Opinion

Creatures of the deep revealed their secrets at recent event

On a recent bright but overcast Saturday, divers explored under the dock in Tramp Harbor, searching for critters to share with the visitors on the wooden deck above. 

Called “Who Lives Under the Dock?” it was another in a series of events organized by the Vashon Beach Naturalists to bring the public up close and personal to the interesting characters that live near and on our shores. We met a variety of creatures great and small, ornate and plain.  

Naturalists filled glass aquariums and created touch tanks out of plastic wading pools where visitors could explore the elements of habitat as well as living creatures. A favorite with the kids, the touch pools were filled with shells, seaweed, sea snails, sea stars, at least seven kinds of crab and the largest California sea cucumber any of us had ever seen. According to the field guide “Whelks to Whales,” they can grow as long as 20 inches, though it seemed to me that this one was even bigger. 

The California sea cucumber is common and harvested commercially by some Asian cultures that consider it medicinal and a delicacy. Sea cucumbers are remark-able in that when they feel threatened, they can eviscerate themselves. Just like a lizard dropping its tail, sea cucumbers can empty their guts into the water to distract a predator. Although they certainly survive such a tactic, it can take about two to five weeks to re-grow their viscera. To avoid this, the naturalists encouraged gentleness towards the one the divers found. However, researchers have shown that these sea cucumbers in the wild will seasonally expel their entrails. Its nature’s version of the fall cleanse.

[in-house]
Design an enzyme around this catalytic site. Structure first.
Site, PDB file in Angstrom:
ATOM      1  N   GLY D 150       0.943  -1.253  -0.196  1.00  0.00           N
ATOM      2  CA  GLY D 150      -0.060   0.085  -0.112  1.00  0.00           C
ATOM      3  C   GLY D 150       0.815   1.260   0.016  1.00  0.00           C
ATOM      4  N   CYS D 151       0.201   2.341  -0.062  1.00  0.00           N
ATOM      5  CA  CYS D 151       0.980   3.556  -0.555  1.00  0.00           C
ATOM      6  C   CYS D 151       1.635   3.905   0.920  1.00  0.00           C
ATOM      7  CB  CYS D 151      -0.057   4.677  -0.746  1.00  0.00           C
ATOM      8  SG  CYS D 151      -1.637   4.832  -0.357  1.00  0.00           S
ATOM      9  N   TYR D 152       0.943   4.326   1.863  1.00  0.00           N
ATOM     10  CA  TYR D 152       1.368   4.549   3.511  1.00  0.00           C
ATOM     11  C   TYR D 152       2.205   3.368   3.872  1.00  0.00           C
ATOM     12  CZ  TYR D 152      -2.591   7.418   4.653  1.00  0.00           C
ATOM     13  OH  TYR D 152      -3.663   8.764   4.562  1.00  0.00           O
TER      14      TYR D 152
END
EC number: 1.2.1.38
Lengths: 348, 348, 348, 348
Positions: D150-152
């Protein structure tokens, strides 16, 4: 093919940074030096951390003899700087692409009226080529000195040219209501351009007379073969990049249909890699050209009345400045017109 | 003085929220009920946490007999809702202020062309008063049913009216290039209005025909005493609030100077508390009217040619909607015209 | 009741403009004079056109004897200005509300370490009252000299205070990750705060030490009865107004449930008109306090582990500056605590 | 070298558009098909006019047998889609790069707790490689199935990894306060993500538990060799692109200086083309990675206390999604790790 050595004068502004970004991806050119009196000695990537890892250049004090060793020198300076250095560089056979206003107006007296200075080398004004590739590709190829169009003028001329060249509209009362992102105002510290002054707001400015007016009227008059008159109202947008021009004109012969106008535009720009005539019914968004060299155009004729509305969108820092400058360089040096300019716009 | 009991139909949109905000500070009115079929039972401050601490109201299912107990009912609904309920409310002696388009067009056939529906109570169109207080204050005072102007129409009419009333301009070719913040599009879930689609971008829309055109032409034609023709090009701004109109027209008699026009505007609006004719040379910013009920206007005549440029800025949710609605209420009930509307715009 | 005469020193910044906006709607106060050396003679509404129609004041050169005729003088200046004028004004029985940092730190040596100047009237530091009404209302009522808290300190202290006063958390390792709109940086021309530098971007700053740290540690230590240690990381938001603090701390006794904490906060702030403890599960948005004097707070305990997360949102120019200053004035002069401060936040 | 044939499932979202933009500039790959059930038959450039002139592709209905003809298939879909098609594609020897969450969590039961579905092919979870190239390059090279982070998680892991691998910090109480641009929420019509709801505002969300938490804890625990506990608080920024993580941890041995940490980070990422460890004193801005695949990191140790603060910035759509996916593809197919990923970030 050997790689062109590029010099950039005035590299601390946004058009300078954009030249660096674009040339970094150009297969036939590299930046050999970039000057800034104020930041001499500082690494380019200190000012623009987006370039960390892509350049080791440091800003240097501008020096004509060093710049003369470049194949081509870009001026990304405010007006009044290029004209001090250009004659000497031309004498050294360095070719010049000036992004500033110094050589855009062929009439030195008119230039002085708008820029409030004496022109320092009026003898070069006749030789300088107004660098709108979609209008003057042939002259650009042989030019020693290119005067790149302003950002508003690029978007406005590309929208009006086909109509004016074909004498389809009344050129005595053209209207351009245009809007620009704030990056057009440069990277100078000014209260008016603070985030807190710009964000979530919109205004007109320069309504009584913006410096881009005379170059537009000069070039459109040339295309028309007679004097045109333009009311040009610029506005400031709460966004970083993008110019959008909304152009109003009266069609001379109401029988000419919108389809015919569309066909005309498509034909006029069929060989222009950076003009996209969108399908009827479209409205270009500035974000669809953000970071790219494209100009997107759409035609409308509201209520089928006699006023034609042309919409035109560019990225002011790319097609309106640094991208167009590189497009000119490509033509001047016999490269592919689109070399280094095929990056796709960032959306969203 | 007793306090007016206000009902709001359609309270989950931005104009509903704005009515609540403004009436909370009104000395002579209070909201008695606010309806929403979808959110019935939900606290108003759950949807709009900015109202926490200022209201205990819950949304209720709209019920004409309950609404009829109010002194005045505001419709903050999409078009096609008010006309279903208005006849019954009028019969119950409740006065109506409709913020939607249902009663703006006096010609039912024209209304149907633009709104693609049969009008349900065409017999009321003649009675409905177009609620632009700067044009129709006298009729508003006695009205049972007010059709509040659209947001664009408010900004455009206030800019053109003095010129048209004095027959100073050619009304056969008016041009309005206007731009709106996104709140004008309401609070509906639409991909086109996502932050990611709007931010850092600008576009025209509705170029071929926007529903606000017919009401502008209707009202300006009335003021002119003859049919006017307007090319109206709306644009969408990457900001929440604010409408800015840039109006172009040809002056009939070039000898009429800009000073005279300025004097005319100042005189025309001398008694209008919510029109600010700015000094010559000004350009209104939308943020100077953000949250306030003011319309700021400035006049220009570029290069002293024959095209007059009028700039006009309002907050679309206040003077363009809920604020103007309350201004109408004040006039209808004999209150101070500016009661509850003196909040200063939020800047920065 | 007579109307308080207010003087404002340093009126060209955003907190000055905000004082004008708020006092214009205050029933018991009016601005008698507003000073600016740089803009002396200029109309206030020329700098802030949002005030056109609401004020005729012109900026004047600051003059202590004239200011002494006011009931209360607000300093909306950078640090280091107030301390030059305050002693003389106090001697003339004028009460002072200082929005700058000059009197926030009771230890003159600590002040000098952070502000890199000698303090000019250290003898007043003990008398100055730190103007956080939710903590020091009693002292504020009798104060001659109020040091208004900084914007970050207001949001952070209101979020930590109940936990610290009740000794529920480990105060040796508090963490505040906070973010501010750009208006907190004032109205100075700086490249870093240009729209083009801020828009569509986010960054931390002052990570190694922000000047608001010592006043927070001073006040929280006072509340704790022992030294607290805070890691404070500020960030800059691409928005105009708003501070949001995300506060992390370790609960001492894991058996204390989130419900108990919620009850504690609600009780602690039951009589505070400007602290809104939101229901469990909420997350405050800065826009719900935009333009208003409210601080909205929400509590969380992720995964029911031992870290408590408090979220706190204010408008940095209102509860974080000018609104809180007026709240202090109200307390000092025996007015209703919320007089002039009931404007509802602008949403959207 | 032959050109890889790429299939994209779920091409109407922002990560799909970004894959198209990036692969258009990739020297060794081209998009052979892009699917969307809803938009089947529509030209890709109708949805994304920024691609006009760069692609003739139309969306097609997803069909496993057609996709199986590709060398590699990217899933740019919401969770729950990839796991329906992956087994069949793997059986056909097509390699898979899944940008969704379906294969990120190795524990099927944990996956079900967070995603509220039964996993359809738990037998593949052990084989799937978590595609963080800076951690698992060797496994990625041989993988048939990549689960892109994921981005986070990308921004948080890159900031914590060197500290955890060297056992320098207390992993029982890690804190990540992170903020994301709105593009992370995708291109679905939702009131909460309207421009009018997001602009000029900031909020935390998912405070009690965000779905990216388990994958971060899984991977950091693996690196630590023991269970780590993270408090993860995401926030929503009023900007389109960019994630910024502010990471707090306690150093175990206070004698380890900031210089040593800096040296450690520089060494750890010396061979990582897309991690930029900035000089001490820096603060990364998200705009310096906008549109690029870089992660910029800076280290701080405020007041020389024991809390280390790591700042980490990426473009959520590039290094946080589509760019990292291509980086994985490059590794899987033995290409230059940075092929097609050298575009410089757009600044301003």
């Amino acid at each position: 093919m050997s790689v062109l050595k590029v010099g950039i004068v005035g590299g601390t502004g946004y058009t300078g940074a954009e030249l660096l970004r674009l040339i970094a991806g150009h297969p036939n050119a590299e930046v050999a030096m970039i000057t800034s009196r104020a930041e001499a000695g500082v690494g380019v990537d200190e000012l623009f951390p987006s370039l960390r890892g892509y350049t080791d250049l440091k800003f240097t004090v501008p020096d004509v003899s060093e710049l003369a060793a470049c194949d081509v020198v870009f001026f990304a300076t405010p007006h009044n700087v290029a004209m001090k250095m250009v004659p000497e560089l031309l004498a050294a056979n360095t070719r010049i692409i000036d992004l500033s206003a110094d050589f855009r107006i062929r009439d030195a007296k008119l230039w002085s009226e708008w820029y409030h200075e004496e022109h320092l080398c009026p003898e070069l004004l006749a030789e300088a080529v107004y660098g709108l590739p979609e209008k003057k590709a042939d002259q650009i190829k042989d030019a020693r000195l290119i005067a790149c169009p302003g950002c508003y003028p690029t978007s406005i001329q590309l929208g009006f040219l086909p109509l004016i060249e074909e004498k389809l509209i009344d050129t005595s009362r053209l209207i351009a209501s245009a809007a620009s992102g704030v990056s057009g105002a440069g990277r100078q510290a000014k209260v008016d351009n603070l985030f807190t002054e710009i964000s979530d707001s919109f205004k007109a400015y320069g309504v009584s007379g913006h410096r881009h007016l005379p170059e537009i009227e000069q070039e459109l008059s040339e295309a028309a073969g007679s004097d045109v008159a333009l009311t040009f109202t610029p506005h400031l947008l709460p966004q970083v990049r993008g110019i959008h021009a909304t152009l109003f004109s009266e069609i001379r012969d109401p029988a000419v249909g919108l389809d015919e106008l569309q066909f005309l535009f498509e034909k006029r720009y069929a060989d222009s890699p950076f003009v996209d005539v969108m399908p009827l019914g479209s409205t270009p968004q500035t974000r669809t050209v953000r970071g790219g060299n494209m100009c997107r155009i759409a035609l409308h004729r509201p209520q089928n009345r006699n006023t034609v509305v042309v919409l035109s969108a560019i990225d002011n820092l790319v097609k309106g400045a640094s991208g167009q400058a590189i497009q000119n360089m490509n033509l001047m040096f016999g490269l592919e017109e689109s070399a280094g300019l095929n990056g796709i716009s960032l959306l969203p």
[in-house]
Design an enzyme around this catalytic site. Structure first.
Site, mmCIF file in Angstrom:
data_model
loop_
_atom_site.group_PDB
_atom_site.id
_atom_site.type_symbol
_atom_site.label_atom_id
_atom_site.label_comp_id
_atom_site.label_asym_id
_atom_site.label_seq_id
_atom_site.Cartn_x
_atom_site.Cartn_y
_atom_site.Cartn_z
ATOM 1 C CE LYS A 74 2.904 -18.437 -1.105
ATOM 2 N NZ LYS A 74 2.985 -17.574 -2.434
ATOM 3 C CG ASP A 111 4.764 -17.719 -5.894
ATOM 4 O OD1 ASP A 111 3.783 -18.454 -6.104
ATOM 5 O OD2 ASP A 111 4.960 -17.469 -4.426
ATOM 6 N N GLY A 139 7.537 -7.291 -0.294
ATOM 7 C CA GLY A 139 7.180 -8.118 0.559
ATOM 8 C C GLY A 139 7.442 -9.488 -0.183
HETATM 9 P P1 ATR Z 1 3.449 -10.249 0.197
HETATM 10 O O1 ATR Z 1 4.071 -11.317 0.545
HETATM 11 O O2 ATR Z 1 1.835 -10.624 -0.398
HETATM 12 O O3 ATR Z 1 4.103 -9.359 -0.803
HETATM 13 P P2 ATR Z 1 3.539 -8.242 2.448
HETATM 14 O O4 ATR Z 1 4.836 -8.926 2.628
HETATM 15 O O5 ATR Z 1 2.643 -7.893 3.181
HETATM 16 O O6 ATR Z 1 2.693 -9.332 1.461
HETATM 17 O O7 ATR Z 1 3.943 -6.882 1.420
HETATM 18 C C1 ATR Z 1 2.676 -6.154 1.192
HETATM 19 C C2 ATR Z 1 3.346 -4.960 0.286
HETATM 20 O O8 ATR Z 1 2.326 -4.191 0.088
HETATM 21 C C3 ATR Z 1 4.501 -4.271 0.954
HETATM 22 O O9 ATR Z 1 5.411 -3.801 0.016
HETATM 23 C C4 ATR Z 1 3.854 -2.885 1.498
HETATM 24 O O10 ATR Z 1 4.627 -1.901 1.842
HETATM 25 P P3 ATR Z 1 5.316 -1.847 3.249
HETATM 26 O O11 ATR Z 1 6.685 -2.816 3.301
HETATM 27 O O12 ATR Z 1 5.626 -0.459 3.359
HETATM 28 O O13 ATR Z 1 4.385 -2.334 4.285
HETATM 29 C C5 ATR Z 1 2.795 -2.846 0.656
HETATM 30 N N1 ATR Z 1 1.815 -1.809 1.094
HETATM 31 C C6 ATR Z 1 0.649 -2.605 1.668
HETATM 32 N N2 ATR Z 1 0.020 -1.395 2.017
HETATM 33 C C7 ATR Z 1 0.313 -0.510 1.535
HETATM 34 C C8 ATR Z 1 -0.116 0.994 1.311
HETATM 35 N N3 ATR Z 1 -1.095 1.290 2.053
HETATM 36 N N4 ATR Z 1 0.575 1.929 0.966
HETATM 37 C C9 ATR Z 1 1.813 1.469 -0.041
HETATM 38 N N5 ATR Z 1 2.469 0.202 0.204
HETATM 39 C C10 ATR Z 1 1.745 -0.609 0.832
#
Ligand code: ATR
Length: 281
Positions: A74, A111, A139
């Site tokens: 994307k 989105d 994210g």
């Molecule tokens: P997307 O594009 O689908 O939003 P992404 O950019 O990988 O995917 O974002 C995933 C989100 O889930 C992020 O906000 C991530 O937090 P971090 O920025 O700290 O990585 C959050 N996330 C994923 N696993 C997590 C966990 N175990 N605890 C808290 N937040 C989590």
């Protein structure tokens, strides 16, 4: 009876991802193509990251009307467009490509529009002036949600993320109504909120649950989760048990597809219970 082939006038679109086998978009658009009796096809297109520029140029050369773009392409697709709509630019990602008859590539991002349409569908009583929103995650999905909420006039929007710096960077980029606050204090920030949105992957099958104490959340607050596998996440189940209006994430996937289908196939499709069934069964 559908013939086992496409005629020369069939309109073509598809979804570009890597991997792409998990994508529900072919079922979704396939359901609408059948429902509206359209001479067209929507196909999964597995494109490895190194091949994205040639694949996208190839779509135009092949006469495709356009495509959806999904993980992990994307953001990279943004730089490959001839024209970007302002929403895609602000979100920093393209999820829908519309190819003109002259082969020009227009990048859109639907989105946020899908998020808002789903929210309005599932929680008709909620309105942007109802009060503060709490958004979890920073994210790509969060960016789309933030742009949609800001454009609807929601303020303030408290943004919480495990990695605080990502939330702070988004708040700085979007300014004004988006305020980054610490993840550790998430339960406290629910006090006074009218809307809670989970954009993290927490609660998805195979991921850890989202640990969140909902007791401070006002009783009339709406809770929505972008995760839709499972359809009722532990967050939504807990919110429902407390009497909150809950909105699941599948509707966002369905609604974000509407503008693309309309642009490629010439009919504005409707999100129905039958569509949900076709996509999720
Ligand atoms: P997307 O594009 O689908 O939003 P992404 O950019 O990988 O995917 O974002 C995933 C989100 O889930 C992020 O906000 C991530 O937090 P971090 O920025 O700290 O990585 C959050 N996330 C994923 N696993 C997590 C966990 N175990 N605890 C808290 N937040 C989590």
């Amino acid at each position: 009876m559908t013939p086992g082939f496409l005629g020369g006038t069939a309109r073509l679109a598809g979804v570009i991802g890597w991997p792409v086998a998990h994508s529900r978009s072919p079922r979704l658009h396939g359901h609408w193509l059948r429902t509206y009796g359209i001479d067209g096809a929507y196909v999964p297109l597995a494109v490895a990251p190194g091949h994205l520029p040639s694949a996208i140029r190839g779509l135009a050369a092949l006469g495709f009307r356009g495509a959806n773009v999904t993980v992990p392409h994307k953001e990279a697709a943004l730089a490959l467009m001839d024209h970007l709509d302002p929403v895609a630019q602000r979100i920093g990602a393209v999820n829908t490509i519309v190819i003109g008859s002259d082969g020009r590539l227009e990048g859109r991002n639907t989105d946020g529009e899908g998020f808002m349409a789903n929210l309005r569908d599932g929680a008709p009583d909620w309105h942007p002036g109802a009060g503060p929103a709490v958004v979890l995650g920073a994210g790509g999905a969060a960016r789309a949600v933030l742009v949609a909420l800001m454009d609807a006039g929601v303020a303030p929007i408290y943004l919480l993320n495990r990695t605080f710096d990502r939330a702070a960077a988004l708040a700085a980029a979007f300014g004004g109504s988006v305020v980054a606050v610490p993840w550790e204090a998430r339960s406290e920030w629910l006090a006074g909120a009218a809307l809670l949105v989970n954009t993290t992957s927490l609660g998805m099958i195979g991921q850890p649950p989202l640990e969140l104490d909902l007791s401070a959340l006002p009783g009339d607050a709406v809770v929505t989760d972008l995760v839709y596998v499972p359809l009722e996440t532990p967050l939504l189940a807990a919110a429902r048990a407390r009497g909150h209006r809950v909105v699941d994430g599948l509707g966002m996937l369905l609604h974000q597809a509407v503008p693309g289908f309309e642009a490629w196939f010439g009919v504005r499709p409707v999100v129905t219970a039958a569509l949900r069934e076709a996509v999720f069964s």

On the other side of the size spectrum, the smallest creature found that day hitched a ride on some sand and shell fragments brought up from the bottom — a barnacle-eating dorid only millimeters long. Dorids are a type of nudibranch, or sea slug, that breathes through the feathery gills they wear on their back. They can be colorful, like the yellow sea lemon, or speckled like the heath’s dorid, whose white body seems spotted with flakes of pepper.

The few fishes that populated the glass aquariums got a lot of attention from visitors. A juvenile sole swam along the bottom of the tank, camouflaging well with the beach rock, sand and shell fragments. Like flounder, sole are flat fish with both eyes on the same side of their head. 

An eel-like gunnel spent most of its time hiding near a barnacle-covered rock. But the most attractive animal award was won that day by the sailfin sculpin — an entrancing swimmer with a very tall, sail-like fin behind its head. This fish was a handsome little creature and only half-grown at approximately 4 inches. Its scientific name is Nautichthys oculofasciatus; Nauti means sail, and oculofasciatus refers the dark band through its eye. When it swam, it undulated its shorter dorsal fin akin to a waving flag. Normally only observed by divers at night, this nocturnal fish is a popular aquarium species because it does well in captivity. We considered ourselves especially lucky to have met such a charming little fellow. 

 

 — Adria Magrath is a biologist, teacher and nature photographer, as well as a Vashon Beach Naturalist.

 

 

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